Offering a competitive benefits package can bring manychallenges, with increasing costs, changing health careregulations, and an increasingly diverse workforce among them. Moreemployers are turning to voluntary benefits as anoption to meet those challenges, but which benefit should theyoffer?


Evaluating the options


The criteria companies use for choosing voluntary benefits neednot differ much from the criteria used to decide core benefits andcan boil down to three essential questions:


1. What are the employee demographics?


Voluntary benefits and services offerings today tend to begeared toward baby boomers — currently the largest segment of theworkforce. However, as they begin to retire in larger numbersacross the next decade, expect to see voluntary benefits redesignedfor younger generations, who by nature are attracted to morecustomized benefit packages,according to a 2013 Towers Watson survey. When adding benefits,consider the makeup of the entire workforce — age, education,geographic location, marital status, and income.


2. Will the benefit address the majority of ourpopulation?


More than 80 percent of companies have adopted voluntarybenefits to enrich their current programs at a time when they arereconsidering their financial commitment to traditional benefits.As employers consider how to manage increasing health care costsand rethink overall financial commitments to traditional corebenefit programs, most plan to take advantage of voluntary benefitsto enrich existing core benefit plans (83 percent) and augment thetotal rewards package (74 percent).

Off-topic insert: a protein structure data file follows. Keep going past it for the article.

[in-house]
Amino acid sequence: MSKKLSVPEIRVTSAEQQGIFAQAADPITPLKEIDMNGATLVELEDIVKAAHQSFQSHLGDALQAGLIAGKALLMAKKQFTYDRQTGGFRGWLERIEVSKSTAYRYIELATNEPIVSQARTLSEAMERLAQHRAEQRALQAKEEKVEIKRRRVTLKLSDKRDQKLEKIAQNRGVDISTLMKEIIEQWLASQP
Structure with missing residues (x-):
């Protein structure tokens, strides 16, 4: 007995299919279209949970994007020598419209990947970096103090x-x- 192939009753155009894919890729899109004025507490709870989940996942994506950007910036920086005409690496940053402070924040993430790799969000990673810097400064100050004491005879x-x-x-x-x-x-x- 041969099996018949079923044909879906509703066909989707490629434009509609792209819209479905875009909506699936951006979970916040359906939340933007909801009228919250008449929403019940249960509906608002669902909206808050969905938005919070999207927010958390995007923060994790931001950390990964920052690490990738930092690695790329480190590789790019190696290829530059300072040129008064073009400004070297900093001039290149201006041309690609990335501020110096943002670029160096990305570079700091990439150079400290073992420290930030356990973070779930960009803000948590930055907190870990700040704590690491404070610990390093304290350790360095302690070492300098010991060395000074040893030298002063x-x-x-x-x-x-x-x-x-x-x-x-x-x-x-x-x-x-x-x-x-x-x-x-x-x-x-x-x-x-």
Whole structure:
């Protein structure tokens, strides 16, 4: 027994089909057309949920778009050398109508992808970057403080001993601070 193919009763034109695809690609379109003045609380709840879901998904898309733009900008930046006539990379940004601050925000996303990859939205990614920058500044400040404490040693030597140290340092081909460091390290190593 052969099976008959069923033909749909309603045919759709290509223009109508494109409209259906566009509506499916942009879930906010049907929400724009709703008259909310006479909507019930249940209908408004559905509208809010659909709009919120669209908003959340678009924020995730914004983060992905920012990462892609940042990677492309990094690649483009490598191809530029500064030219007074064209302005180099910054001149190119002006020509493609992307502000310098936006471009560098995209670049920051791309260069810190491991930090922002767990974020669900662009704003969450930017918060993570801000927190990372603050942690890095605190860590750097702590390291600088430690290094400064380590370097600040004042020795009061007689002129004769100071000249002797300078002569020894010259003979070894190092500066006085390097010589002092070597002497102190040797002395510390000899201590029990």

3. How will new products fit with current total rewardsand wellness strategies?


Voluntary benefits are also added as an option to support largercorporate initiatives such as wellness strategies. Employers areincreasingly drawn to programs that not only affect their abilityto attract and retain top talent, but improve engagement andpromote overall productivity. Voluntary benefits are evolvingbeyond programs that promote physical health to offerings that alsoencourage emotional and financial well-being.


Once a company has decided on the right benefit, it'stime to choose the right partner


Regardless of the benefit offered, employers should considerproviders who offer a robust product and can implement andadminister the plan with minimal impact to their business.


When deciding who to partner with for a benefit, companiesshould consider:

  • How flexible is the product?

  • What service options are available?

  • How broad is the coverage?

  • Is it affordable for employees?

  • How are pre-existing matters addressed?

  • What options are made available for non-covered matters?

  • What options do employees have for accessing services?

  • Can employees take coverage with them if they leave thecompany?

  • Can an employee cover dependents?

  • Are all employees eligible for coverage? Is any coverageavailable for non-covered groups?

The following questions should also be considered to determinehow easy the benefit will be to add and maintain:

  • What will the company's role be in ongoing administration?

  • How seamlessly will the benefit integrate with existingpayroll?

  • Will employees be able to enroll easily?

  • How much time must be commited toimplementation/administration?

  • Who's available for client support?

  • How are complaints handled?

  • What can employees expect when they call customer service?

  • What support is available for after-hours emergencies?

  • What reporting is available?

By answering these questions, employers can determine if thebenefit is not only right for their current and prospectiveemployees, but for the administrators and company as well.

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